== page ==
Building and defending wealth requires critical thinking – clear, reasoned judgment and decision making. Thinking about logical paradoxes is a way to sharpen the mind. Paradox is all around us even in estate planning law.  It’s fun and mentally challenging to ponder paradox and logic.  It’s also the key to understanding the true nature of the human mind and physical reality.


The Illinois Estate Tax is a “soak up” tax – meaning it’s calculated based on what the Federal Estate Tax allows as the maximum deduction for state death tax. But you cannot calculate the Federal Estate Tax without knowing what the Illinois Estate Tax is (because that’s a deduction used to calculate the Federal Estate Tax).  So, you have to perform a circular calculation using trial and error iteration (the Illinois Attorney General has an “estate tax calculator” on its web site for this purpose).


The Paradox of the Court is based on an old Greek logical paradox. A law student agrees he will pay his teacher after he wins his first case.  The teacher then sues the student (who has not yet won a case) for payment.  Who wins?  Does the student pay?


This Statement is False. It that last sentence true or false?  Remember Zeno’s Parodox?  If you shoot an arrow at a target it will travel ½ the distance at some point in time and then ½ of that at another point in time, and then another ½ the distance, etc.  So the arrow never hits the target.  And would a list of all lists that do not contain themselves include itself?  (Russell’s Paradox)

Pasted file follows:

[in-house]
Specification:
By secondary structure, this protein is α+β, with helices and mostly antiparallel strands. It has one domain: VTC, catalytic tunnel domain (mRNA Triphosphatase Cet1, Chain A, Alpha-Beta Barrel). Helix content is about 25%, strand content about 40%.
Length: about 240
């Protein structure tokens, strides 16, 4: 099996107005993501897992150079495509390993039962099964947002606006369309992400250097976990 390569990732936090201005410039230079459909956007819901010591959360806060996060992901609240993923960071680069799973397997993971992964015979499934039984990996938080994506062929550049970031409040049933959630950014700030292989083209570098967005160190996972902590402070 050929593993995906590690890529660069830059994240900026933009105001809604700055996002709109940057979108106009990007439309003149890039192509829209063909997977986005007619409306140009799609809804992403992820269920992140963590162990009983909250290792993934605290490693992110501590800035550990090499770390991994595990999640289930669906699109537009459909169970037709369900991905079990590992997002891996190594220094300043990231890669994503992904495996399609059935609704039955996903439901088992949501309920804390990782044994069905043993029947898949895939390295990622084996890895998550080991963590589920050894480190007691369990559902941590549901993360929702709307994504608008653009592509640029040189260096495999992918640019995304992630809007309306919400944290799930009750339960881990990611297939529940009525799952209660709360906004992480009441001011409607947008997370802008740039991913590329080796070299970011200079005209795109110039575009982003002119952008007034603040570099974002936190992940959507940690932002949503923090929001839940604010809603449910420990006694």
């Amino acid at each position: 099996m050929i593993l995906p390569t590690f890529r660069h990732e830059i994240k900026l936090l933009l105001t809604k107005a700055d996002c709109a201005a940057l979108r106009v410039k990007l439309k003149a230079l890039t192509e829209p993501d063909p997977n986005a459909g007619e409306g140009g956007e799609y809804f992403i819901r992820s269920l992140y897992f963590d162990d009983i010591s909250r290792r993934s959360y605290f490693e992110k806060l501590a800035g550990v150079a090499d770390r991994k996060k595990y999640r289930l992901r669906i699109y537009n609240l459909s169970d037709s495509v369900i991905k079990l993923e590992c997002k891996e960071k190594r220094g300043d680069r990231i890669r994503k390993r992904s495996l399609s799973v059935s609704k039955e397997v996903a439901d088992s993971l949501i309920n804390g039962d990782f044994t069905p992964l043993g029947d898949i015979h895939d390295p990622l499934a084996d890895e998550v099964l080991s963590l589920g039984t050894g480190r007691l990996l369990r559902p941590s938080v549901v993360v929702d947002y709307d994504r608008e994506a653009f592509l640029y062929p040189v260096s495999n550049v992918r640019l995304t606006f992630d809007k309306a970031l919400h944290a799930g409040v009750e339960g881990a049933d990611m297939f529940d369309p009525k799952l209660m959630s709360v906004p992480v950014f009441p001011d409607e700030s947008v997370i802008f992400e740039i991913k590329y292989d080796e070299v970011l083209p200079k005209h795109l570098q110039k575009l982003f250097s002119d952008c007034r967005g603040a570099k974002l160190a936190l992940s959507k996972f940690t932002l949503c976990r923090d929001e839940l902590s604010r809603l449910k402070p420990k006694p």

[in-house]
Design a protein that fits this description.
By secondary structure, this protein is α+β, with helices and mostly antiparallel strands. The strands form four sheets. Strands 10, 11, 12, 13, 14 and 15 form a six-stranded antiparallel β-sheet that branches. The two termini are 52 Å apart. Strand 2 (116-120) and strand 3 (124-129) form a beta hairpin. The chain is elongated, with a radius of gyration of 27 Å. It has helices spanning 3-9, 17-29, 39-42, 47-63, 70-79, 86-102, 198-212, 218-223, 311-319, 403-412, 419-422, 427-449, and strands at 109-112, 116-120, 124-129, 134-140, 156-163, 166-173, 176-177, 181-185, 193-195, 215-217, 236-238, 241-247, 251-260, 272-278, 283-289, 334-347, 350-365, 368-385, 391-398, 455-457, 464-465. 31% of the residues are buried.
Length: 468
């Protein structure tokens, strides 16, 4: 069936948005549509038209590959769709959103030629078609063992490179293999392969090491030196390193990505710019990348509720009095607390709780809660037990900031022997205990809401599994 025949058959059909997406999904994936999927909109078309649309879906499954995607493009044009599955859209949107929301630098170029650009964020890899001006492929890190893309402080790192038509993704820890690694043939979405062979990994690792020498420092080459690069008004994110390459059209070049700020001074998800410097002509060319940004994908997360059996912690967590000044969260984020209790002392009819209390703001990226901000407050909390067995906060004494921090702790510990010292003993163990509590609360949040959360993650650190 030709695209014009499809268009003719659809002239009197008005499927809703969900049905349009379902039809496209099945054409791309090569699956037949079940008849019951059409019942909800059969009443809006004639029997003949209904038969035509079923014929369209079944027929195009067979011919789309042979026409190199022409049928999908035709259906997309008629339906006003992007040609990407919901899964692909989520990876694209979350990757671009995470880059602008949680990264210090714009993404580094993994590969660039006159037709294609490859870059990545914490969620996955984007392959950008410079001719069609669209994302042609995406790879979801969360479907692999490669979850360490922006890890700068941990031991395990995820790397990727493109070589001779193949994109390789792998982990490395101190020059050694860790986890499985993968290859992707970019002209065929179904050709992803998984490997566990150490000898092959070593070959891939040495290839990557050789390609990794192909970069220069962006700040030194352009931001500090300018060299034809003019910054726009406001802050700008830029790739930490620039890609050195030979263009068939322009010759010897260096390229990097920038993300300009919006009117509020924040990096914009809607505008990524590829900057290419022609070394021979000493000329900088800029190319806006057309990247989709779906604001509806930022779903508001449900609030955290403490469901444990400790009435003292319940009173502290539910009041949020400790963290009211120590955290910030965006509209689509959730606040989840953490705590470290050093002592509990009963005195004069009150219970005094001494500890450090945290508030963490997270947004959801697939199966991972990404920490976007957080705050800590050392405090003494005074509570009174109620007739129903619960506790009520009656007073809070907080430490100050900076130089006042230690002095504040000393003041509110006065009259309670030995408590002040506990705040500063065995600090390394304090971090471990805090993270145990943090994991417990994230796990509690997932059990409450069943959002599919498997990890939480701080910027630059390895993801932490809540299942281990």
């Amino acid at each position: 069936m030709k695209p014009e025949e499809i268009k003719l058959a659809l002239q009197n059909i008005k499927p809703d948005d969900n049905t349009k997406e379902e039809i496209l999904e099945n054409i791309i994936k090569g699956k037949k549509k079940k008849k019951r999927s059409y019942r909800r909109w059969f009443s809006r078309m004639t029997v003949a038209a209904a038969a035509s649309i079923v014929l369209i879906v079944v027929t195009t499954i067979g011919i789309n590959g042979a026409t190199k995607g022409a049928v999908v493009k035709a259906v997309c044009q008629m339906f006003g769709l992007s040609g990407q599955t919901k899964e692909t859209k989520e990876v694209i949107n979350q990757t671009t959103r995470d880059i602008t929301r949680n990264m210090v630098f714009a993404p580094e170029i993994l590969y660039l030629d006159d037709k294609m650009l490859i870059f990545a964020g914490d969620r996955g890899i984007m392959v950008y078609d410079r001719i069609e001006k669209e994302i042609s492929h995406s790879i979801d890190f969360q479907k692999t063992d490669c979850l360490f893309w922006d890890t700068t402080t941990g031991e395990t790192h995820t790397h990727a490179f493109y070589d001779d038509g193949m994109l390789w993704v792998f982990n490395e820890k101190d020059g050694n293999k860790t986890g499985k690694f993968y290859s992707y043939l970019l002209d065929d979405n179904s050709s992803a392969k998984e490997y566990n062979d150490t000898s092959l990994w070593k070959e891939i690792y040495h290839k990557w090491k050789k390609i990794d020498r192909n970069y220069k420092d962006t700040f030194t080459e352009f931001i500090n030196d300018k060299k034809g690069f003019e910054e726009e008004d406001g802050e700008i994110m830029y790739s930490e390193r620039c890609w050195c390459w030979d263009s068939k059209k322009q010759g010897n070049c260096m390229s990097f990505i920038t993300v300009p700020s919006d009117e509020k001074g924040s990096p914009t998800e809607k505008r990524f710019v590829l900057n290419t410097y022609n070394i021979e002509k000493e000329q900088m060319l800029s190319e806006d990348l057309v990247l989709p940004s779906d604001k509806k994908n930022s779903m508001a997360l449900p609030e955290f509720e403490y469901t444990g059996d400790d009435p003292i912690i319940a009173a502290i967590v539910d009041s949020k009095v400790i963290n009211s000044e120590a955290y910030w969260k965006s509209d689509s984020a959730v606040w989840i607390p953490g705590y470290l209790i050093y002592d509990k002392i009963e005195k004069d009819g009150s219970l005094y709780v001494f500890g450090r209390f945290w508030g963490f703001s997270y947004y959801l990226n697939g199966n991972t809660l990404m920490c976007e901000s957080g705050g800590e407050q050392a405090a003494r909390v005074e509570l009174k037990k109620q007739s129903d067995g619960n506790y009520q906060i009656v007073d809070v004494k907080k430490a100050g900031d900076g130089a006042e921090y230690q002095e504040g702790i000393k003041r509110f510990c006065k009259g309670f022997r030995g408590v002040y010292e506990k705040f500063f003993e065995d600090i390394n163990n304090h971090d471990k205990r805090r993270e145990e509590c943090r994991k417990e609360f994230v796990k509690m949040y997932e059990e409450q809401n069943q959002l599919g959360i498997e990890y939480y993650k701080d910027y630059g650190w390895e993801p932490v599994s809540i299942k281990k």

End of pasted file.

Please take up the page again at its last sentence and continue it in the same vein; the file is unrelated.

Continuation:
Bottom line – paradox is awesome!   Paradox creates consciousness.  The mind is a self- referential loop.  To probe deeper into that notion, read the 1979 Pulitzer Prize winning book by Douglas Hofstadter Godel, Escher and Bach or “GEB”.  It explains how a system (through self-reference) can acquire meaning despite being made of meaningless elements.   By exploring the paradoxes of (1) Godel’s Incompleteness Theorems in math; (2) Escher’s drawings in the art (those hands drawing each other are Escher’s); and (3) Bach’s recursive music; Hofstadter takes you on an intellectual roller coaster ride.  His 2007 follow up book I Am A Strange Loop is also really good.


Acquiring wealth and securing it with estate and financial planning will give you plenty of time and personal security to pursue interests and passions beyond just making a living. Worrying about the future takes away the ability to enjoy music, art and to expand the mind.  Exploring and penetrating mentally challenging, cross disciplinary human knowledge takes time and mental energy.  Both of these are secured by your Estate Planning War Chest.


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